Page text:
May 2, 2006

Ajax’s Long-Lost Palace Discovered on Greek Island

By Dina Kyriakidou

SALAMINA, Greece -- On a deserted green hill above the Aegean Sea, archeologists have unearthed what may be the palace of Ajax, one of the greatest heroes in Greek mythology.

From a rocky outcrop among the tranquil ruins, it is easy to imagine the warrior-king of Homer's Iliad setting sail from the island for Troy over 3,300 years ago, as crowds lined the pine-covered slopes to wave farewell.

The idyllic location on Salamina island perfectly matches historical references, a fact which led archeologists to wonder whether the scattered stones here might have formed one the most famous kingdoms of pre-historic Greece.

"I had early indications but I wasn't certain I had discovered a palace until we found the twin ceremonial halls," said Yannos Lolos, the Ioannina University archeologist heading the excavation. "It's one of very few cases where a Mycenaean palace can be linked to a top hero of the Homeric poems."

Across the sea from Salamina lies the coast of northeastern Peloponnese, the peninsula of the kingdoms of Agamemnon's Mycenae and Nestor's Pylos.

The Iliad is the epic story of Greek cities joining forces to wage war on Troy and recover Helen, the kidnapped queen of Sparta. Ajax, son of Telamon, is described as a massive man and a great warrior, second only to his cousin Achilles.

An icon of strength and dignity, he is mentioned by several writers of the ancient world. He appears among the early suitors of Helen, "the face that launched a thousand ships." In fact, the Greeks gathered 1,186 ships, including 12 offered by Ajax.

In Homer's Odyssey, the long-wandering hero Odysseus finds Ajax dead in the underworld but still angry he was not awarded the armor of the dead Achilles. One version of his death has him so offended at the snub that he goes mad and commits suicide.


Six years of excavations at the site of Kanakia, on the southwestern tip of Salamina island, have revealed a maze of stone walls making up at least two major palatial complexes, the settlement around them stretching down to the natural port.

The building with the two great halls -- or megara -- covers 8,070 square feet and has 33 rooms on four levels. Unlike Mycenae, Salamina is not surrounded by great walls but is built with defense in mind, with narrow, guarded entrances.

Among the finds are tools, Cypriot pottery and bronzes, proof of relations with the eastern Mediterranean. But the most stunning discovery is a single bronze scale from an armor breastplate that bears the stamp of a famous Egyptian pharaoh.

Translated by professors Jacke Phillips and John Ray at Cambridge, it is the name of Ramesses II who ruled Egypt during the 13th century BC. Lolos said it was possible that Salamina men had fought as mercenaries in the army of Ramesses.

"The piece is ... unique," Phillips said. "I know of no other armor scale with a hieroglyphic inscription."

With few tangible historical finds to prove the existence of the great Mycenaean kings, the discovery on Salamina is sure to fire up yet another academic debate about Homer, Lolos said.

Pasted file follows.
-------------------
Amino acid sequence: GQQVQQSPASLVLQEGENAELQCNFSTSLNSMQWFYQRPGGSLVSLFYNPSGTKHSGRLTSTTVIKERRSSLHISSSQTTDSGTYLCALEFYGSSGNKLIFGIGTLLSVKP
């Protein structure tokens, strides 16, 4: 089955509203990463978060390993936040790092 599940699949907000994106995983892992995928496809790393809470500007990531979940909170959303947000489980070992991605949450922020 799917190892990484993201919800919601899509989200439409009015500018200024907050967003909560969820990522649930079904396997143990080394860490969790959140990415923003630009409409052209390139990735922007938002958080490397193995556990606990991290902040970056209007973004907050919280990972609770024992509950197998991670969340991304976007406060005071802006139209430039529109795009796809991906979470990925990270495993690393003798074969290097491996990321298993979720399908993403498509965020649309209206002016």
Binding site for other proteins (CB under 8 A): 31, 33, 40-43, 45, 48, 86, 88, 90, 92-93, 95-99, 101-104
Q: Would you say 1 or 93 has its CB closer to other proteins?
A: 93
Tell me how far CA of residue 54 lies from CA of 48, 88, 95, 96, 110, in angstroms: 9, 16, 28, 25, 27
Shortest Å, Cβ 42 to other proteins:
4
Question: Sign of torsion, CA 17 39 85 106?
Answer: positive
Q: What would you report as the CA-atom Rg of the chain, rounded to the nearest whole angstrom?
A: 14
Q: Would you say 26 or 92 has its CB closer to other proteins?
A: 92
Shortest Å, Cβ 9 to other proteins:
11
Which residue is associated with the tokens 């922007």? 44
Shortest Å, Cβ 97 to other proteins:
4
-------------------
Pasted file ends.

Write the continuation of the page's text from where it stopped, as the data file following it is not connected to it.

The blind poet, believed to have lived in the 8th century BC, wrote down oral stories about a war thought to have happened around 1,200 BC.

Many doubt he recounted real facts and some do not believe he even existed. Others say some of the greatest archeological discoveries, including Troy, owe a debt to Homer's descriptions.

Lolos said 450 years is too short a time in oral tradition to forget such great kings as Agamemnon, Nestor or Ajax.

"I don't think Greeks went crazy and started inventing the names," he said. "In fact, I think others will now resort to Homer's list of ships for clues on where to dig. I have already received calls from some who are looking for Odysseus's palace."

Lolos said finds so far match the general profile of the legendary Ajax, who owned ships and got involved in piracy in the eastern Mediterranean. The discoveries offer new clues about Mycenaean traditions.

"This verifies the existence of small kingdoms," said archeologist Christina Marabea, who works on the site. "We must begin to view differently the structure of royal power, which we now know had various levels."

One myth recounts that after Ajax's suicide his half-brother Teucrus, who also fought at Troy, was disowned by his father and emigrated to Cyprus where he founded a new city of Salamina.

Lolos said the ruins of Ajax's Salamina show that the city was abandoned around 1,200 BC, when the Trojan war ended, but there were no signs of violence or haste.

"Why it was abandoned is a great mystery ... Ajax was the last king; maybe after his death the system collapsed," he said.

At Salamina in Cyprus, evidence has been found of a wave of settlement from mainland Greece. Is it possible that Ajax's people left and set up a new home there?

"We had the tradition. Now, we have evidence of the exodus. Maybe," Lolos said.

By classical times a new city linked to Athens had been built on the other side of the Greek island of Salamina, today dominated by a large naval base. The old city was forgotten but not its king - Ajax is the name of the island's soccer team.